* = denotes player who wasn't selected in initial 40-man All-Australian squad

Positional duality has been the biggest source of concern after the reveal of the 2019 All-Australian team saw several midfielders shifted to foreign positions.

Whilst fully deserving of their spots, the likes of Patrick Dangerfield, Marcus Bontempelli and Tim Kelly were all selected out of their natural positions in the final 22-man squad.

Dangerfield, a worthy selection and a Brownlow Medal candidate, was picked on a half forward flank despite rarely playing there, while Bontempelli and Kelly were picked on the wings.

The result was Coleman Medal runner-up Ben Brown missing out on a forward spot, while a natural winger such as Brisbane's Hugh McCluggage also missed out.

Carlton great Mark Maclure questioned whether the selection process needed to be changed due to the dominance of midfielders in today's game.

Gary Ablett Patrick Dangerfield

"Are we picking a real side here? Or are we just picking a mickey mouse side?" Maclure told Fox Footy.

"It's an All-Star side is it? For me, it's all see ball, get ball.

"Is that going to work? Maybe not. For me, are they the best of the midfield you've got? I think so yes.

"It's a mickey mouse jammed in All-Star side."

Whittling down a 40-man squad to just 22 players was always going to be tough, particularly with so many players enjoying outstanding individual seasons.

Here are some players who can count themselves extremely unlucky not to be named an All-Australian in 2019:

Dustin Martin (Richmond) - 20 games, 27.1 disposals per game, 4.5 clearances per game, 20 goals

Martin's season has mirrored Richmond's with both player and club coming home strong after slow starts. You get the sense that the 2017 Brownlow Medallist is hurt by the extremely high standards he set two seasons ago. In Richmond's eight consecutive wins to finish the year, Martin tallied over 30 disposals per game. Martin still remains arguably the most dangerous and explosive midfielder in the game and would gladly trade an All-Australian jersey for a second premiership.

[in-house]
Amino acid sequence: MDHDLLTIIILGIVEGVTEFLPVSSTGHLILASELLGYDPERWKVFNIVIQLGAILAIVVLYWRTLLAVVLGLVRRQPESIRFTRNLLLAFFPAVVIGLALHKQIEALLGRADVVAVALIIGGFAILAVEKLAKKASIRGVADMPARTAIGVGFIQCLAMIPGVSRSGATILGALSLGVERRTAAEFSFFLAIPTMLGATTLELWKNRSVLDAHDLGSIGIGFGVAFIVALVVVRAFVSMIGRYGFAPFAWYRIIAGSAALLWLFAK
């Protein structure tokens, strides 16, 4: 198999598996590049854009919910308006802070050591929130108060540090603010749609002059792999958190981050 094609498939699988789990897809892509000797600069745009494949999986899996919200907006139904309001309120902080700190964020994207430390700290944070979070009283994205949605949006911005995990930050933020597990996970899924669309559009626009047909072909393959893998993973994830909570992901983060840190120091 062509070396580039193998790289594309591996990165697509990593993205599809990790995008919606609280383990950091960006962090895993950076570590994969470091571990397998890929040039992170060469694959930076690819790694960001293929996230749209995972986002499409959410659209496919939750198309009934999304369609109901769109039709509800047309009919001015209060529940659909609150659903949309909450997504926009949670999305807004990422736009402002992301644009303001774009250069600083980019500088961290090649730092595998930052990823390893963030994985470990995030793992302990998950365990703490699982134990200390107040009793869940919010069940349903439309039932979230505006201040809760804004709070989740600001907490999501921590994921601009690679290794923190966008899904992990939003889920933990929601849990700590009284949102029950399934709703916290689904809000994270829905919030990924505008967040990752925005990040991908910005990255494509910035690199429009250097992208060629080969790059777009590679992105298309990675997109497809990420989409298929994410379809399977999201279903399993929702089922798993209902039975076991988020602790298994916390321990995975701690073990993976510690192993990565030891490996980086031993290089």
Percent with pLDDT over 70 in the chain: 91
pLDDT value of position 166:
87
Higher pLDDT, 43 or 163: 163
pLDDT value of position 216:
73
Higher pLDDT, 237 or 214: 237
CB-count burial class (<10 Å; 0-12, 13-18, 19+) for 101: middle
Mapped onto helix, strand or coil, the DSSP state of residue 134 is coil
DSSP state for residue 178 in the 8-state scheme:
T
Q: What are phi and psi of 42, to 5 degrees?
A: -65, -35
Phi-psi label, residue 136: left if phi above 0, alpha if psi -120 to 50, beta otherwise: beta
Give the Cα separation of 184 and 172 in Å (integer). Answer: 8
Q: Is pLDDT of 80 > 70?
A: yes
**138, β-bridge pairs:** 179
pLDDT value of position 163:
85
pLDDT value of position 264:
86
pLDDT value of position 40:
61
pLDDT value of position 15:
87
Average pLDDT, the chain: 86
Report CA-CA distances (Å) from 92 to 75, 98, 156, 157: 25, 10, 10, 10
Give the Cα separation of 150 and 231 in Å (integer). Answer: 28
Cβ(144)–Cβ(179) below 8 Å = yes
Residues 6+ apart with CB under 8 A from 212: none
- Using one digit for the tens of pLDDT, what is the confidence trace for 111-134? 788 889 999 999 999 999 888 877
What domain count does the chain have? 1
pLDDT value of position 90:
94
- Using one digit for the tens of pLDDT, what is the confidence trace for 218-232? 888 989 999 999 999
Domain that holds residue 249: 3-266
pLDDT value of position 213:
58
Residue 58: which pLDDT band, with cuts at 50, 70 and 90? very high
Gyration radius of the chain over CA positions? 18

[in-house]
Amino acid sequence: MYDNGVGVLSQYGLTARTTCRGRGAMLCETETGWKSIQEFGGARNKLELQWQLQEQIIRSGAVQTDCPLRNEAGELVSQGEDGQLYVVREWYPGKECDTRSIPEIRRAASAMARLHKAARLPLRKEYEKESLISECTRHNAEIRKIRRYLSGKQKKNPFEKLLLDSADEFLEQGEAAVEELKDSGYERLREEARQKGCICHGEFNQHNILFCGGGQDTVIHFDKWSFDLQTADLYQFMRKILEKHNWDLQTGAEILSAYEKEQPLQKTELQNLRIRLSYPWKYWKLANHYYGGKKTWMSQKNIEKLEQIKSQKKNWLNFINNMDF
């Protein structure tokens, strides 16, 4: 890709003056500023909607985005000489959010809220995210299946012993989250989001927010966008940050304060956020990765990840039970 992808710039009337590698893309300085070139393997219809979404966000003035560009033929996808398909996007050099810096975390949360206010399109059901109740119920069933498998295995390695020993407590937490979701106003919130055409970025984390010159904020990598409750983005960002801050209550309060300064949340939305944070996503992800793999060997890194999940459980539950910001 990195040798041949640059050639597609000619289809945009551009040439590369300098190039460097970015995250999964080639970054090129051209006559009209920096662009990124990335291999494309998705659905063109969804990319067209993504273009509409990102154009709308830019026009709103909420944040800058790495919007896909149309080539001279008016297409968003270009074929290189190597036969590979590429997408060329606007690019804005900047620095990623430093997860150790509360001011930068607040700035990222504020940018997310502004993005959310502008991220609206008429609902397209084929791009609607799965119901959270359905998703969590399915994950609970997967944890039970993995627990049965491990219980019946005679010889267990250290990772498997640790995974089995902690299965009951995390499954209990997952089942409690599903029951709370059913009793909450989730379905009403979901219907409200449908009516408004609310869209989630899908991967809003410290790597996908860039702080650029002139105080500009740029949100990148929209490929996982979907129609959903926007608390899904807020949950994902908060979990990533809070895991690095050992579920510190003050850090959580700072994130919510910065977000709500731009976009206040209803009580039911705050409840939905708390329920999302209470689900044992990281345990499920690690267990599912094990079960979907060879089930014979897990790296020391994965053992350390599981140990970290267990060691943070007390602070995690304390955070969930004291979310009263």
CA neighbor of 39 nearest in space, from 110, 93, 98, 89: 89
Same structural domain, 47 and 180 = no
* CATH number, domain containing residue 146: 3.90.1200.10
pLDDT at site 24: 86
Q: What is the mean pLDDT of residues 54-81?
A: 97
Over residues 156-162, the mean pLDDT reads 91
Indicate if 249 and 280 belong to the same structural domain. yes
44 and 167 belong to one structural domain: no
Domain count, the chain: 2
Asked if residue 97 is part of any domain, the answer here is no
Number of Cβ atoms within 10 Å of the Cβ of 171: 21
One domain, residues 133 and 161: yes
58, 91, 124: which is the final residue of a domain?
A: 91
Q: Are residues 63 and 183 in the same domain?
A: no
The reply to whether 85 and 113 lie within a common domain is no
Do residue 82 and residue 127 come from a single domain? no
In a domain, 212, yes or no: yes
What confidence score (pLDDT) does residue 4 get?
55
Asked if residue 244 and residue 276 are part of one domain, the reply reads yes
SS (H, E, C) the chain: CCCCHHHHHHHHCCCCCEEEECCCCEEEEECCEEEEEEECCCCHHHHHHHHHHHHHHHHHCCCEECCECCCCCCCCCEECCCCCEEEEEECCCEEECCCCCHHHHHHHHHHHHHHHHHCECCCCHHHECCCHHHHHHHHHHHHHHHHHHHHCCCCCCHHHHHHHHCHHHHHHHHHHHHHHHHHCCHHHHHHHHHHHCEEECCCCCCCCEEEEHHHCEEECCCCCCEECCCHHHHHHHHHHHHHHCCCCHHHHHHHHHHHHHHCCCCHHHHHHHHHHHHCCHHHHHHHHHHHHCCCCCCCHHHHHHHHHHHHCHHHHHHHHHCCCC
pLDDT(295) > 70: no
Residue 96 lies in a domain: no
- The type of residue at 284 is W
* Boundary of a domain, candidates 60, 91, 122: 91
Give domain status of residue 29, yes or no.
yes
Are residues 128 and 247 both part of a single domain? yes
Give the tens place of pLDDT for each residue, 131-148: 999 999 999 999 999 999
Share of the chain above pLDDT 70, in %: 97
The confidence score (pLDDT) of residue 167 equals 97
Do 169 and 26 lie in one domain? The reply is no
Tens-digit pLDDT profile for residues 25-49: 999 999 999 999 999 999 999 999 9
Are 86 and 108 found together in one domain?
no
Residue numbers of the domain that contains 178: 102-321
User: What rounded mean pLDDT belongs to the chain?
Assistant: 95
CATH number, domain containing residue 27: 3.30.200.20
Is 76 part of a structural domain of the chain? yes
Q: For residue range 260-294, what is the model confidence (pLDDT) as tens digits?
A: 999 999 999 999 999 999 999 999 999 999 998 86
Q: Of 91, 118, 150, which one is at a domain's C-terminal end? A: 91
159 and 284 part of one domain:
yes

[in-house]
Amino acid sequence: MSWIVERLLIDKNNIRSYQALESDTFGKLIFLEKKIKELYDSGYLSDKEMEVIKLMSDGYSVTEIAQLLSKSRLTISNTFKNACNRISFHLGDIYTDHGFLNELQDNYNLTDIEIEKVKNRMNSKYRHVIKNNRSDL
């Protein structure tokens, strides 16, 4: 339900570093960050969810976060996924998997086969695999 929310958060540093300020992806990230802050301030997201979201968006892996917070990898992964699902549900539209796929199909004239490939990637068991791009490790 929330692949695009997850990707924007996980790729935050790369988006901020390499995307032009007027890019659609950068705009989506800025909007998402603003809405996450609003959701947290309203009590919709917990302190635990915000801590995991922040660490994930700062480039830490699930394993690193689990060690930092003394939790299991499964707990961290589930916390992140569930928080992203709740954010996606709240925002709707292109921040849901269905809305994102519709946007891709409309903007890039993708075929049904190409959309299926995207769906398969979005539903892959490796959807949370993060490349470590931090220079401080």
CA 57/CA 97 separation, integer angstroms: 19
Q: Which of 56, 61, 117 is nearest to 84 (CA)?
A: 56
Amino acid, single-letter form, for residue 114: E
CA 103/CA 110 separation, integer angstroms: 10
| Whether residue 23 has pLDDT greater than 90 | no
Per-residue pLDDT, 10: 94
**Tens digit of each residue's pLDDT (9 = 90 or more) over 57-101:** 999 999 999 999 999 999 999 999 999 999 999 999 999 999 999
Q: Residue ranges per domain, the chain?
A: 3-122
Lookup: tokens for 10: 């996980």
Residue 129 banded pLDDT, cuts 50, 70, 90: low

Dustin Martin

Adam Treloar (Collingwood) - 22 games, 33.6 disposals per game, 6.0 clearances per game, 10 goals

Another year, and another wait to be named an All-Australian for the prodigious ball-winner. Since being traded to Collingwood, Treloar has not averaged below 29 disposals per game and can count himself extremely unlucky to be on the outside looking in this year. With the Pies decimated by injuries, Treloar was a ball-winning force, leading the league in total disposals.

Adam Treloar in action

Ben Brown (North Melbourne) - 22 games, 11.1 disposals per game, 4.9 marks per game, 64 goals

Would Brown have made it if he won the Coleman Medal? The Kangaroos star was pipped by Jeremy Cameron in Round 23 and you wonder whether that played a part. Like Treloar, Brown has been prolific in his craft for a number of years, tallying over 60 goals for three consecutive seasons. The one knock on Brown is that he is definitely more of a finisher than a facilitator and that may have played a part in the selection of Hawkins, Darling and Cameron ahead of him.

Ben Brown

Gary Ablett (Geelong) - 21 games, 20.5 disposals per game, 3.8 marks per game, 33 goals

If this is the final year, then what a farewell it is. There are doubts over whether Ablett will play on in 2020, but he showed he is more than capable of being a damaging forward after years of dominating opposing midfields. Ablett was instrumental in the Cats' resurgence to the top of the AFL ladder, spearheading the forward line's suffocating pressure. Ablett's 4.4 tackles per game were reminiscent of his numbers as a midfielder for the Cats between 2008 and 2010.

Gary Ablett

Hugh McCluggage (Brisbane) - 21 games, 22.6 disposals per game, 3.4 clearances per game, 22 goals

If there is any one player that signifies Brisbane's rice to one of the league's best teams, it is McCluggage. At just 21 years of age, McCluggage has morphed into an elite goal-kicking midfielder that is poised to dominate for years to come. McCluggage can probably count himself unlucky that the likes of Bontempelli and Kelly were shifted to his position in the selection of the team despite not playing there for their respective clubs.

Hugh McCluggage

Honourable Mentions: Dayne Zorko (Brisbane), Travis Boak (Port Adelaide), Ben Cunnington (North Melbourne), Lachie Whitfield (GWS Giants)*

* = denotes player who wasn't selected in initial 40-man All-Australian squad